Looking for intellectual consistency in the stem-cell debate

LOOKING FOR INTELLECTUAL CONSISTENCY IN THE STEM-CELL DEBATE…. A federal court order this week threw a massive curveball at stem-cell research, and it’s going to take some time and effort to sort things out. As you may have heard, the ruling will be appealed and Congress will likely hold some hearings, and Nina Mendelson, a professor of administrative law at the University of Michigan Law School, has some helpful insights into what, exactly, the judge did.

In the meantime, the underlying issue is back in the news, and Michael Kinsley notes some of the key inconsistencies in the position taken by those who insist that embryos are people in need of protection.

Half of all pregnancies end in miscarriages, usually in the first couple of weeks, before a woman even knows that she is pregnant. A miscarriage destroys an embryo. If you believe that every embryo is the moral equivalent of a fully-formed human being, miscarriages are like a perpetual natural disaster like a flood or an earthquake, and you should be urging a massive effort to reduce miscarriages as the best way to save millions of human lives a year. As far as I know, there is no such effort going on in the United States or elsewhere.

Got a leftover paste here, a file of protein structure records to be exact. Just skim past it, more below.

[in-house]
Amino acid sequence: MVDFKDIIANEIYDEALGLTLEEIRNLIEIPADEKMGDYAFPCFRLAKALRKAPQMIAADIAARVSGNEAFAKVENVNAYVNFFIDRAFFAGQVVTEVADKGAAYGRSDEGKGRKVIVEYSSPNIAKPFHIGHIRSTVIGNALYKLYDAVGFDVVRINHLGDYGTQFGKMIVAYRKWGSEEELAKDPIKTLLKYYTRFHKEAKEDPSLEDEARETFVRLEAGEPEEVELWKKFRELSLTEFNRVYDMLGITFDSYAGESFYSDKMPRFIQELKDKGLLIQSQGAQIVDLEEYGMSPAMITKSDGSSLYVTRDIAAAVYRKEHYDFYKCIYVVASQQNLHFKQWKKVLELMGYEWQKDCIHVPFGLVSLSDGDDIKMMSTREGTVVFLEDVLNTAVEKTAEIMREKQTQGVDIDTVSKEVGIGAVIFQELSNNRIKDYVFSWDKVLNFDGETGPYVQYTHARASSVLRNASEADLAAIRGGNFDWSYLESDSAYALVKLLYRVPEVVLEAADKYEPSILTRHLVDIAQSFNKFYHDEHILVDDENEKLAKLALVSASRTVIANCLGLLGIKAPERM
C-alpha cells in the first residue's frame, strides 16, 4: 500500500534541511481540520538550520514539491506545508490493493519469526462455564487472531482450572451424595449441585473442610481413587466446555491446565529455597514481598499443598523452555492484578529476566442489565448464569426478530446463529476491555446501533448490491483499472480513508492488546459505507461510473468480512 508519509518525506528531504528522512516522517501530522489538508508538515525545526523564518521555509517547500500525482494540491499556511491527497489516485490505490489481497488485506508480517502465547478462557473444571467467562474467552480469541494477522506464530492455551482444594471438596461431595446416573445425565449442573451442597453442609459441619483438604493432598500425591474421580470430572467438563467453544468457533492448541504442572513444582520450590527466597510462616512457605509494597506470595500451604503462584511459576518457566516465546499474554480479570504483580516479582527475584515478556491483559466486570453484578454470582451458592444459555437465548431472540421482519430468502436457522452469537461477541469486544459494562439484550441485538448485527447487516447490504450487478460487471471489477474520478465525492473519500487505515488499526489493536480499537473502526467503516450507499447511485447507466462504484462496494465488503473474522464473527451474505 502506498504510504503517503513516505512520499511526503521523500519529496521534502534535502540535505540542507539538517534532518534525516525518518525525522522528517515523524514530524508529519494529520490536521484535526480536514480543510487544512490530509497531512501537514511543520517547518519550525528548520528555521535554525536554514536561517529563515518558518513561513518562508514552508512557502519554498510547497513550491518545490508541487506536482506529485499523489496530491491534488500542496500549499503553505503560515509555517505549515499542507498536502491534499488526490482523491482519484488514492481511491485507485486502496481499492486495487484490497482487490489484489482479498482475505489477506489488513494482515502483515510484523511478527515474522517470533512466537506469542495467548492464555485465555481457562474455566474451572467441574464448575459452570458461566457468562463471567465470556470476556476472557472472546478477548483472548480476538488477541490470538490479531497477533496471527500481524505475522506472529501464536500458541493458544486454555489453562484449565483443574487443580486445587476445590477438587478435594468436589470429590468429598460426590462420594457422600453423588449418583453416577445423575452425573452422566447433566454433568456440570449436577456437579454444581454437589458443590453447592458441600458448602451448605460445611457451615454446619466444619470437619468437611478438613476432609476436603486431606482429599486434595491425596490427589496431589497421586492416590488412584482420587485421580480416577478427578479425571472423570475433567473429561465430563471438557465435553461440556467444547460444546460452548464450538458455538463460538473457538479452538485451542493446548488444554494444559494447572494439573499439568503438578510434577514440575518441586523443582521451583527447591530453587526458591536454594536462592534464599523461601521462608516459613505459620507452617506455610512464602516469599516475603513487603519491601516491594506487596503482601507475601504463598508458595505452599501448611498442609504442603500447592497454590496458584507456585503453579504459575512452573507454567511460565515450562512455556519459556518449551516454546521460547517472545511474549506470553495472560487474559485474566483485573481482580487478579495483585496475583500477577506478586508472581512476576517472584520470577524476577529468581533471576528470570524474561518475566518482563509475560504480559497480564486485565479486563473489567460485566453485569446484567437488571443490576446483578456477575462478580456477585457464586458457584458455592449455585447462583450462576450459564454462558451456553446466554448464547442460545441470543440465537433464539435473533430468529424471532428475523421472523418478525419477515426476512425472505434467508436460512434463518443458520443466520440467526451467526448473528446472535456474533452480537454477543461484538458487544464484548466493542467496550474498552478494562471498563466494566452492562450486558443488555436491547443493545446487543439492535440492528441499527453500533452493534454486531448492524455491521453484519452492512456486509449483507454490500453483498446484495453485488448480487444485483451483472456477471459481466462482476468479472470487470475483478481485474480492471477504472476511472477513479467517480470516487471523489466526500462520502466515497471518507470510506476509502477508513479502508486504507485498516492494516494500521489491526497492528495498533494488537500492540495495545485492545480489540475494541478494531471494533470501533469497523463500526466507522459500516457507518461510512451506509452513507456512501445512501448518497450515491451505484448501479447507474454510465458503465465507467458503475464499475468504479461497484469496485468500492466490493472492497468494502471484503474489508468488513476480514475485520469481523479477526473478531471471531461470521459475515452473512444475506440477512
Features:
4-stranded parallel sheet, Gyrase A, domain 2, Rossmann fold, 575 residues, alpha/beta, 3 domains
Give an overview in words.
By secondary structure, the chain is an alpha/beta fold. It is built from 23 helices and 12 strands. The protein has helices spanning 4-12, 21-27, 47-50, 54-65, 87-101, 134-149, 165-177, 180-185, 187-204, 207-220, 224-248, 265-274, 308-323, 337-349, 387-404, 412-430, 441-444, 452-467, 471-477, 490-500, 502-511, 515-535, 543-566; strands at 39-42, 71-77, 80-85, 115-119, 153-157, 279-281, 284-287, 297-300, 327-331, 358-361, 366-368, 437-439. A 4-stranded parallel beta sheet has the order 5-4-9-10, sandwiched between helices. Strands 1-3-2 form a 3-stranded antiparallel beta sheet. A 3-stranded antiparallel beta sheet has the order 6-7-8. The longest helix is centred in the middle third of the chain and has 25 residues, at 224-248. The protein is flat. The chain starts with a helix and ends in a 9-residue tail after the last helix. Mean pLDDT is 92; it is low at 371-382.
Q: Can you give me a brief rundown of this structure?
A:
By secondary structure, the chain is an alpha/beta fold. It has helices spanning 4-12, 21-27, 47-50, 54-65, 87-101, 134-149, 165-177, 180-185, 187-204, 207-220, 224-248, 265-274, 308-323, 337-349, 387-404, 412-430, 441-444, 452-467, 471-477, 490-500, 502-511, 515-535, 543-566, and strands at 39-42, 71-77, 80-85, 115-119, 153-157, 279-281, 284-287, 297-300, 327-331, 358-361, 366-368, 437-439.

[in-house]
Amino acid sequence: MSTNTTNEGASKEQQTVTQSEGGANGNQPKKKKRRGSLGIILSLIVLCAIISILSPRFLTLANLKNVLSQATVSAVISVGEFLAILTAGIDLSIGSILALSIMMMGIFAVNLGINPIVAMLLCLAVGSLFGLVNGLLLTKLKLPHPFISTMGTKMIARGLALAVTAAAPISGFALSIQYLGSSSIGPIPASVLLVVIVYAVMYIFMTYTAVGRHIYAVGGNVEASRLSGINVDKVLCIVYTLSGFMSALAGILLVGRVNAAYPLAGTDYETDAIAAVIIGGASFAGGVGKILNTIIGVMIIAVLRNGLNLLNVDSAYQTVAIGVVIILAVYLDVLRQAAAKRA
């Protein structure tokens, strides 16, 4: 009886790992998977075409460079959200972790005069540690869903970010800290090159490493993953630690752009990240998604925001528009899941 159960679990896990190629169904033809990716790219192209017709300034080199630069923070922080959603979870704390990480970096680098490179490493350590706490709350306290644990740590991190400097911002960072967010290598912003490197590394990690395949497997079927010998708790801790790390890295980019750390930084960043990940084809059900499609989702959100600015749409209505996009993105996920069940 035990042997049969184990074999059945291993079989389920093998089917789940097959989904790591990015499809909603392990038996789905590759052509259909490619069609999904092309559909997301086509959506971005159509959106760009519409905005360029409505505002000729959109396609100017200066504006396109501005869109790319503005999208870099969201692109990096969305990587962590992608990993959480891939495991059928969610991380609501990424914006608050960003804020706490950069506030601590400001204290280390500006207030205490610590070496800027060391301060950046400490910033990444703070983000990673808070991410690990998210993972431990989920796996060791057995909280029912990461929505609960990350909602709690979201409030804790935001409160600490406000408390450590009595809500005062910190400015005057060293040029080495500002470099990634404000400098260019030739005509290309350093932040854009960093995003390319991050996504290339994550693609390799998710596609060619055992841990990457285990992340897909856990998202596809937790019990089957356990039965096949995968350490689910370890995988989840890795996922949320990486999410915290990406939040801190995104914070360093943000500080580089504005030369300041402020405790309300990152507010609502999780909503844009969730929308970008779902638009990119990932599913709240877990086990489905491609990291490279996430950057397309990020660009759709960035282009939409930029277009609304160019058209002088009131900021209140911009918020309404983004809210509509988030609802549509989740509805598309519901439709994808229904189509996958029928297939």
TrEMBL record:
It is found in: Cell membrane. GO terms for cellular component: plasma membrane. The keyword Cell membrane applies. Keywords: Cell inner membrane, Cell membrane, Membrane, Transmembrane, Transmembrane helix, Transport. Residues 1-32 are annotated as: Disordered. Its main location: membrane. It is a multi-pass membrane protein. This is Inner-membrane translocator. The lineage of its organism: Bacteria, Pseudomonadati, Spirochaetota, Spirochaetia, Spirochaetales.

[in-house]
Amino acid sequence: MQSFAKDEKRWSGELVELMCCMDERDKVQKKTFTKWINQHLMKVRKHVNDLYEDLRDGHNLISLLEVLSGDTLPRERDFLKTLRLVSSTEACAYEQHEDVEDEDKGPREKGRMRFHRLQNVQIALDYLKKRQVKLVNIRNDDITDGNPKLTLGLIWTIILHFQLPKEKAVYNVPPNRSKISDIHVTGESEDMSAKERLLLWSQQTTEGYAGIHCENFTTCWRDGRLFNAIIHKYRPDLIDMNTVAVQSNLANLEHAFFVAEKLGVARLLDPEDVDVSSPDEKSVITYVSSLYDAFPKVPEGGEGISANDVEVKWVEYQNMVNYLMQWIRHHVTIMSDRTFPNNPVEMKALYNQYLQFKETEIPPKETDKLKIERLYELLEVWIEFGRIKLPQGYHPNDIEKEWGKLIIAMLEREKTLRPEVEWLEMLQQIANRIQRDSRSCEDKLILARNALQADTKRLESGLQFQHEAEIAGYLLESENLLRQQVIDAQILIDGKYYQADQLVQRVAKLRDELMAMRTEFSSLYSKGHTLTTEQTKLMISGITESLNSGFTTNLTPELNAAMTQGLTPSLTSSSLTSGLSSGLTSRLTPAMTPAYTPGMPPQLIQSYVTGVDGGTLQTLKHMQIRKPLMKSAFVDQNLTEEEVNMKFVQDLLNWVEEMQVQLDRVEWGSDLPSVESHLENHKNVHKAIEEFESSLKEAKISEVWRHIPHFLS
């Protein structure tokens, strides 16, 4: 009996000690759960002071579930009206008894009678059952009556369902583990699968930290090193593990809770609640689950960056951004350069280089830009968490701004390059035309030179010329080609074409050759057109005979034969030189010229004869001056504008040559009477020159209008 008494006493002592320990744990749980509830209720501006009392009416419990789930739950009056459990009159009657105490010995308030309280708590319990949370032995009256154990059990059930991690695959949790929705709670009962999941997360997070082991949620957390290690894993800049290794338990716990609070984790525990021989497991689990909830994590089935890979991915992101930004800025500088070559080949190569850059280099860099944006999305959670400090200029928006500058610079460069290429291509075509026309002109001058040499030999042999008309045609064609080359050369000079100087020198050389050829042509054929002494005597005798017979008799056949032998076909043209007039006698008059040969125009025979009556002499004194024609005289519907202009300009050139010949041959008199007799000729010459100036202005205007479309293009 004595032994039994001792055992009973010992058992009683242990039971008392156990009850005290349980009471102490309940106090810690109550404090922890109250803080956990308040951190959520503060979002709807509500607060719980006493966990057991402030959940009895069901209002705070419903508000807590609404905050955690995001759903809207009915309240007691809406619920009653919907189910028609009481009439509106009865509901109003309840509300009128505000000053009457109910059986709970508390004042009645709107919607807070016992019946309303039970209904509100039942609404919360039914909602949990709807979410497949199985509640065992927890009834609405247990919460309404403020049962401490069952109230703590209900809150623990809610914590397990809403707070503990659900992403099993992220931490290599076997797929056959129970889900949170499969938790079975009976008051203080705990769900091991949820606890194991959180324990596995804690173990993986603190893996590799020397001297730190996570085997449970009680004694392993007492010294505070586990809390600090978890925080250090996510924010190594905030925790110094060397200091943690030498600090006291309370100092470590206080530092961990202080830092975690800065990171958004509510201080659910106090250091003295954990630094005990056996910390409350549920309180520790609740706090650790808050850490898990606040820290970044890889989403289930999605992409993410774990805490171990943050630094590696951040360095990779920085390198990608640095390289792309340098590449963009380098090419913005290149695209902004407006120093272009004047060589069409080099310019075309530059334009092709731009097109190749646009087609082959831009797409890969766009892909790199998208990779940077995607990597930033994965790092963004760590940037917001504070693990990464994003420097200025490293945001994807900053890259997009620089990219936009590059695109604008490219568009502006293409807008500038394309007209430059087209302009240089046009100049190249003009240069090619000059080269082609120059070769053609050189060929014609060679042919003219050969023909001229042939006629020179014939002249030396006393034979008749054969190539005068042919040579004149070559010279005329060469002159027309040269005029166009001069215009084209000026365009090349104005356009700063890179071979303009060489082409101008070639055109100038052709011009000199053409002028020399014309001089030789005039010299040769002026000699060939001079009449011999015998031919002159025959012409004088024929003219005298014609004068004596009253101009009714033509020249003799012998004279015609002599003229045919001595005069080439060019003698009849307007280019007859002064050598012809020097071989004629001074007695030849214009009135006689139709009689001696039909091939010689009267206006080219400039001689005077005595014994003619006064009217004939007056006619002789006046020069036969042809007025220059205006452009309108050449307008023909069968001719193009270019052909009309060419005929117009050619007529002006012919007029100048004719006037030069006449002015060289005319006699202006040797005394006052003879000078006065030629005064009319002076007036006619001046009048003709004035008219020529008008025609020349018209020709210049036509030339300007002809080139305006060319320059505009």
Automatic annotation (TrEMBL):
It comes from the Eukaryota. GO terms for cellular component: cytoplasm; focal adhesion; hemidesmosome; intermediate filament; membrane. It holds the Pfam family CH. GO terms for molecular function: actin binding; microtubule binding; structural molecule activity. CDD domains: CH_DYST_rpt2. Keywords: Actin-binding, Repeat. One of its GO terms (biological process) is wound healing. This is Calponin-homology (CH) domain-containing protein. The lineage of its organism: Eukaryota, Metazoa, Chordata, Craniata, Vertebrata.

But perhaps your concern is not the number of slaughtered embryos, but rather the morality of intentionally killing them or — worse, in your view — intentionally creating and then killing them. In that case, your attention should be directed to fertility clinics, which routinely create multiple embryos for each human baby they wish to produce. They pick and choose among the embryos that seem healthiest, and typically implant several in the hope that one –and not more than one — will survive. Every year tens of thousands of human embryos are created and destroyed (or pointlessly frozen) in the everyday work of fertility clinics. There is no political effort to stop this work. President George W. Bush even praised the work of fertility clinics in his speech announcing the policy that virtually halted stem cell research for eight years. Advanced fertility techniques have brought happiness to thousands of couples who otherwise would probably be childless. They are a godsend that no politician would dare oppose.

Of the tens of thousands of embryos discarded by fertility clinics every year, a few are used for stem cell research. Extracting the stem cells involves destroying the embryos, which would be destroyed anyway.

I’ve long looked for consistency — intellectual, moral, ethical — among opponents of stem-cell research, and I’ve never found any. If someone believes a fertilized egg that has grown to a few dozen cells is a full-fledged human being, deserving of the full protection of the law, then IVF would constitute nightmarish science. Conservatives would be compelled to protest at fertility clinics, and condemn families that try to have babies through the procedure. After all, the IVF process is designed to include discarded embryos.

But no one is making that argument. There’s a high degree of comfort level with discarding embryos at fertility clinics, but intense conservative opposition to medical research involving embryos that offer the promise of life-saving science. I’ve never understood this.